Prevalent diseases in Costa Rica include Malaria, Hepatitis A and B, Zika, and Dengue Fever. Hayley caught Dengue on her trip. This disease is usually mild, but can be severe and even lead to death. Patients usually experience a fever, severe headache, pain behind the eyes, muscle and joint pain, nausea, and a red rash. Like many other diseases, Dengue Fever is spread through mosquito bites. Read Hayley’s account of her illness.
I sat on the cool concrete step at the opening of the outdoor stall, head in hands, and having a staring contest with the frog who had taken up residence next to the toilet, concentrating on anything other than my aching, shivering body and nausea. Eventually, I lay back against the cool stone path, hoping that would relieve some of my discomfort added by the high humidity, which meant that the sweat never evaporated and instead beaded, and my clothes never felt truly dry. I had caught Dengue Fever, one of the prevalent diseases in Costa Rica.
Conservation Trip to Costa Rica
In 2014, I arrived in Costa Rica, having signed up for a volunteer Sea Turtle conservation trip that was advertised during one of my university courses. Our group ended up being six US university students, Pan, our local guide, and Christy, the owner of the volunteer tour company. Our first stop was along the Caribbean Coast, north of Limon and over an hour speed boat ride to the nearest town.
Sea Turtle Hatchery Patrol
Four-hour beach patrols at midnight and six-hour hatchery patrols between the jungle and the strong currents of the Caribbean Sea greeted us. We bonded quickly over our new experiences, the incredibly rewarding ones like releasing leatherback sea turtles into the ocean and even the difficult and tiring ones, all while cursing every insect that could bite.
Trying to fend off the bugs
At one point I marked and circled them, all 139 bug bites down my legs that I had sprayed several times a day with the strongest deep forest DEET that I could find in the States. I had even sprayed my cargo pants before I put them on, and yet they always found a way. The only relief was when I would stand knee deep in the water, the waves too dangerous to fully submerge myself. The owner of the dorm had already warned us of the rip tides and bull sharks waiting out for the baby sea turtles we were protecting on the beach.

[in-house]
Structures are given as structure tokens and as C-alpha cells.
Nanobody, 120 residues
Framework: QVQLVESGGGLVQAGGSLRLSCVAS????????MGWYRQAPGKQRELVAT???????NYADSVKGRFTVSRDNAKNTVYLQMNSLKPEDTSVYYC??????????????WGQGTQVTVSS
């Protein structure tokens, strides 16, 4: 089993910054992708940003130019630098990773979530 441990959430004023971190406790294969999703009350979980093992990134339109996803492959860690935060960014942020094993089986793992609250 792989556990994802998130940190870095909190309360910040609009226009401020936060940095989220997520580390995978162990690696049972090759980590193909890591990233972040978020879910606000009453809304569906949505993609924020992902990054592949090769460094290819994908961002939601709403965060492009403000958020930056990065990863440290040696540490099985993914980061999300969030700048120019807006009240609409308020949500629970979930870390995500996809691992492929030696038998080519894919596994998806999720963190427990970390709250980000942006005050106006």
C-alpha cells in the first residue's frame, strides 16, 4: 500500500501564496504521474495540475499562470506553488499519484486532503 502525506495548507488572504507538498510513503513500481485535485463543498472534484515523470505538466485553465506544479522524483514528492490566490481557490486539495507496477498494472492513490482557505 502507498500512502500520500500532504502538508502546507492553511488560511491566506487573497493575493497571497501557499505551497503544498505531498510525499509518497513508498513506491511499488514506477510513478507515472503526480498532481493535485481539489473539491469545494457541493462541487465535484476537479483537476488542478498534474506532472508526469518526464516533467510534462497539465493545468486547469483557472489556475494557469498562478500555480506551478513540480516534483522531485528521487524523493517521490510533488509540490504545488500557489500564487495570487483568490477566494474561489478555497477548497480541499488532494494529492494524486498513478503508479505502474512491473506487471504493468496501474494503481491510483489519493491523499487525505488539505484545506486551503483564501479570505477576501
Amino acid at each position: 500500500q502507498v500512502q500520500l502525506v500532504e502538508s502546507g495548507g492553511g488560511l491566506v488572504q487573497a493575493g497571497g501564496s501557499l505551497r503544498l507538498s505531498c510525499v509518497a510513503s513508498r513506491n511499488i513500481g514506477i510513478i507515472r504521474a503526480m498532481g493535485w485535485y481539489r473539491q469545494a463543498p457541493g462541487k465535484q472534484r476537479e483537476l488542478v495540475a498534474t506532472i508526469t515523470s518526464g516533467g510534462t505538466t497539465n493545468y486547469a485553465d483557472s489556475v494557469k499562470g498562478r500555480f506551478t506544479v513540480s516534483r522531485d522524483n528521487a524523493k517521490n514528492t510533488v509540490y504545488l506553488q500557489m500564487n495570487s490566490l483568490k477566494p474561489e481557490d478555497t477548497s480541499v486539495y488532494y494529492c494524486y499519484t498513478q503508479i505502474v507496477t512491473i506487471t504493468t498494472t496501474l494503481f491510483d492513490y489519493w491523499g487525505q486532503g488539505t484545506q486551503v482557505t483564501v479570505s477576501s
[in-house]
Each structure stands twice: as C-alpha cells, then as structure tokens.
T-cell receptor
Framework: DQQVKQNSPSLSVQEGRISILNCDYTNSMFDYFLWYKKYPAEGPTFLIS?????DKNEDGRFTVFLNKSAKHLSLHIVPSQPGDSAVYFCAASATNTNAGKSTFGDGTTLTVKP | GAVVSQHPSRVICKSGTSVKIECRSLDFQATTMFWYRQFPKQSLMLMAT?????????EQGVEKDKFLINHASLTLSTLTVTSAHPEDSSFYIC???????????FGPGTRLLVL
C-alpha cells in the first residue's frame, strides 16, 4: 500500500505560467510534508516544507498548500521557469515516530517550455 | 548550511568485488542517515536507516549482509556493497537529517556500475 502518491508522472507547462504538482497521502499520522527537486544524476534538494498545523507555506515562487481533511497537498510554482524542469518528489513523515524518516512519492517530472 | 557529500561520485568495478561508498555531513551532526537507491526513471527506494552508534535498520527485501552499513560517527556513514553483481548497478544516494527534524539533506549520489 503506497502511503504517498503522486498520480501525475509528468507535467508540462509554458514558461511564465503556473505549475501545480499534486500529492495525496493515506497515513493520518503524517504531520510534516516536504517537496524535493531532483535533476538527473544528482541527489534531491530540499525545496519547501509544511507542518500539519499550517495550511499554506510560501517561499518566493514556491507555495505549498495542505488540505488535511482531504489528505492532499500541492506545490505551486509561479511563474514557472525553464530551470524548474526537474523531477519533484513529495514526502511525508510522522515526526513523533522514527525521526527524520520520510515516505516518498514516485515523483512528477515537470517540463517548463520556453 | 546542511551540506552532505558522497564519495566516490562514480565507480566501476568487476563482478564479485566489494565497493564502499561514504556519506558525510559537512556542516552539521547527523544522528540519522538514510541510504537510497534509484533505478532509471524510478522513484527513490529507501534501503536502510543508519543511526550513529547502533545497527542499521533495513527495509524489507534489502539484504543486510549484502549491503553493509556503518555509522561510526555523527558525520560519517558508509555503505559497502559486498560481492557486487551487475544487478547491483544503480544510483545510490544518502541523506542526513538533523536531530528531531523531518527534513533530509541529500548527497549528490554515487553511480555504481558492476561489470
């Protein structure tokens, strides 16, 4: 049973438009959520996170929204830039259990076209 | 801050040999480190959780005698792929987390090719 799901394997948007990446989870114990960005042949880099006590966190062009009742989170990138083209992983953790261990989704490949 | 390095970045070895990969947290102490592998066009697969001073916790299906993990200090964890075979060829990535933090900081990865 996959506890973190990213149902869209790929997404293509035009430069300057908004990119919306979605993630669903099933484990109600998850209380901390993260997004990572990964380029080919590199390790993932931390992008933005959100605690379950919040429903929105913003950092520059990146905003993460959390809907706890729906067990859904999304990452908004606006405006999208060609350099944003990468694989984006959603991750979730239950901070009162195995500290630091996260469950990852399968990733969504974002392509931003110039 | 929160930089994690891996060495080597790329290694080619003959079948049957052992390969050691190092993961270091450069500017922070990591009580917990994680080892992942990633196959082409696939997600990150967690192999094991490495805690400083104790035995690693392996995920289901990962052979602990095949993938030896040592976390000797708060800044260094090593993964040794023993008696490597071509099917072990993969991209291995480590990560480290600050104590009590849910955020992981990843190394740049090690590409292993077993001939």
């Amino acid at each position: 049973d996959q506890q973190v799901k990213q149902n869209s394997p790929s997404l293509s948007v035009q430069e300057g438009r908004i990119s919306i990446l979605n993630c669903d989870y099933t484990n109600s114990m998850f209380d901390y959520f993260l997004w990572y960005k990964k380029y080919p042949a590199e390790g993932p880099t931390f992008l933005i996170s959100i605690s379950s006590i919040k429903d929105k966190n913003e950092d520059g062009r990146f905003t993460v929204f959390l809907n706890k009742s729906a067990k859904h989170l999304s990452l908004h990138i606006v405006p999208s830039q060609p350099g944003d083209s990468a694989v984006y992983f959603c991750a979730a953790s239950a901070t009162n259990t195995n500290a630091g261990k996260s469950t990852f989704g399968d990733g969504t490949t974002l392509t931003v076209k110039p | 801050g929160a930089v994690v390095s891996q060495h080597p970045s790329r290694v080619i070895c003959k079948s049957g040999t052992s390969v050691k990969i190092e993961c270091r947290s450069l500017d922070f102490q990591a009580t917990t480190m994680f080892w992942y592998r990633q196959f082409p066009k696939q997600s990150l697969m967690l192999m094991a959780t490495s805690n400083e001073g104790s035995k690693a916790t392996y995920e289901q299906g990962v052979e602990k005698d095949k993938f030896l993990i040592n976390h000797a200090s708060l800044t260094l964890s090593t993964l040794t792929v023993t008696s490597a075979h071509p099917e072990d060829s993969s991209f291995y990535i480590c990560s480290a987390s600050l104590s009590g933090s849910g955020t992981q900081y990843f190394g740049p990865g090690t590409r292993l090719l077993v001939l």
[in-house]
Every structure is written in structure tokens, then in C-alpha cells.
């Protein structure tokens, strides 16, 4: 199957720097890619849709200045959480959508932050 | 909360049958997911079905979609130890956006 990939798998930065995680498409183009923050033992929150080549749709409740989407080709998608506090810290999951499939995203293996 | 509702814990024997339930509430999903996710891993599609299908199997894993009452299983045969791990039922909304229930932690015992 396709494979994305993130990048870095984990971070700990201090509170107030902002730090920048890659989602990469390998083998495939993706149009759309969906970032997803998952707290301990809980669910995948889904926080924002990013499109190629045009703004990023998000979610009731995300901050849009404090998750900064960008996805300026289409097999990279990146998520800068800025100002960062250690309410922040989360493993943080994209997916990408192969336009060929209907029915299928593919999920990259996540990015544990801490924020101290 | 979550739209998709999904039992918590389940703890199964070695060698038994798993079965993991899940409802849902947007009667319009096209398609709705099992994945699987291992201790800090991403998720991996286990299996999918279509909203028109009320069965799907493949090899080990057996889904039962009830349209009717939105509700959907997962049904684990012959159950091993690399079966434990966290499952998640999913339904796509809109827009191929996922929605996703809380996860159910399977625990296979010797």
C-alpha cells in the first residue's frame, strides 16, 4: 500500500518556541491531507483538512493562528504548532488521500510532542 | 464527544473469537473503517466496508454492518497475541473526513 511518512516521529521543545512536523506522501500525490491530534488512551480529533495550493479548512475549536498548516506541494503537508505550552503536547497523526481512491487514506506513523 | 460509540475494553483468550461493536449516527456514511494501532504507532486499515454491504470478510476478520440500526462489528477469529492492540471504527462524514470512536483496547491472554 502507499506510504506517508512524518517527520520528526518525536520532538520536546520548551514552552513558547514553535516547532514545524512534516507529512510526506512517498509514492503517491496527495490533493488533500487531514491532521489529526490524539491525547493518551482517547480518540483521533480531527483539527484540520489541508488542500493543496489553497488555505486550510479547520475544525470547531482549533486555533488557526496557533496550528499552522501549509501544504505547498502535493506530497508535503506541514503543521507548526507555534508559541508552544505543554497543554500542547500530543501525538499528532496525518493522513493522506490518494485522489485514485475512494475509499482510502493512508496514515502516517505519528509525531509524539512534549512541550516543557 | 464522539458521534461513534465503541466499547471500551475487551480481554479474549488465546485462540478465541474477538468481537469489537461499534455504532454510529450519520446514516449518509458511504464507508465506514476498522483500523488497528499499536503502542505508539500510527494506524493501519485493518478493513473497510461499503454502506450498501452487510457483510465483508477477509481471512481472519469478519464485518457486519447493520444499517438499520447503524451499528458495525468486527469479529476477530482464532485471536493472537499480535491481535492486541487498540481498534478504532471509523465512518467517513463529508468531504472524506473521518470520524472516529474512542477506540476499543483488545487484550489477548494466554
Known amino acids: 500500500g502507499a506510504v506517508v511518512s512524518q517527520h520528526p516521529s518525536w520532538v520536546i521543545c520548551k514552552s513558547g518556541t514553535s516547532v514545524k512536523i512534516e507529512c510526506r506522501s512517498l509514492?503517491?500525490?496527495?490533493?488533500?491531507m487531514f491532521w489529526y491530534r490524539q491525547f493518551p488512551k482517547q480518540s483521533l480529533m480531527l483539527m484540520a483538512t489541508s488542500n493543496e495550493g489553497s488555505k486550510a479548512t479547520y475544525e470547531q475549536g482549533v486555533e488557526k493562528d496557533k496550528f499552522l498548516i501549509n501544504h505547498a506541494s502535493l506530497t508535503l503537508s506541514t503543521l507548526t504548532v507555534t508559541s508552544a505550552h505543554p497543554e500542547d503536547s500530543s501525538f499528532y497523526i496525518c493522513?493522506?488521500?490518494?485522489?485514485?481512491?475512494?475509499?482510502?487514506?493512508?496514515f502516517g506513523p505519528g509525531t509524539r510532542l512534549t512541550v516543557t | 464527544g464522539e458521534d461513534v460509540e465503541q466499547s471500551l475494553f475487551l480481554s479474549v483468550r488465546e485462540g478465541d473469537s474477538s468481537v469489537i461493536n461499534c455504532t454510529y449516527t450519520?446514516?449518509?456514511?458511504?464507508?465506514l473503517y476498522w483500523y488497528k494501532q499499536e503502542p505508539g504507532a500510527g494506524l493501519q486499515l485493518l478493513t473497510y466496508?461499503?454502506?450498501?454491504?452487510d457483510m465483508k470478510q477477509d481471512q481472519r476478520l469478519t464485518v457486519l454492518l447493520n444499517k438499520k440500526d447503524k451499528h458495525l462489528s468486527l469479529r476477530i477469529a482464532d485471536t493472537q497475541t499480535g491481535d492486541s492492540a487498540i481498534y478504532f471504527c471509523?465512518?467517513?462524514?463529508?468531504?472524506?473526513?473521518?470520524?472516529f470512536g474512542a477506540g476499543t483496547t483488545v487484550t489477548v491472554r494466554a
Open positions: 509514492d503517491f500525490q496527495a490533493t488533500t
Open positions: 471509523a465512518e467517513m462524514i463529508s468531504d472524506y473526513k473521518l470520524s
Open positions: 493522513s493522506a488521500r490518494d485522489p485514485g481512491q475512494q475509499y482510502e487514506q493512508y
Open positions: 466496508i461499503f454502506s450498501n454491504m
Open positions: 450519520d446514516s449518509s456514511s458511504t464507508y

At the Chocolate Farm
Once my bug bites had mostly healed and back on a regular sleep schedule, I thought the toughest part of the trip was over. We had moved to a chocolate farm, pruning cocoa trees and fermenting the beans, with Pan excitedly showing us the boa that he had found in the grass. The days were full of hard work, followed by nights sitting around a fire laughing like old friends, or piling into a hammock to sing along to “Stay with me” from Christy’s speaker.
Our volunteer quarters consisted of several outdoor stalls with showers and toilets, and a dorm room for us to share. Occasionally a frog would find it’s way in, though they were less hostile than the large crabs in our showers on the coast.
Now, laying on the stone path, I dragged myself off the stone path and crawled into bed hoping a night’s sleep would heal everything. However, the next morning I peeled open my eyes just enough to see Christy with her hand on my forehead, telling me that I was burning up. I felt as if I could barely move or comprehend why she was there, and fell back asleep. I was hot and even sweatier than I had been the entire trip. I had caught Dengue Fever.
Days in a Daze
The next few days were a daze. I would hear my group wake up to tend to the farm chores, and curse the rooster who thought that every lightning strike was cause for crowing, then I would fall back into a deep sleep. I finally regained a small amount of energy and walked down to the deck overlooking the valley, where I rested in a hammock with Pan placing a cold rag on my head.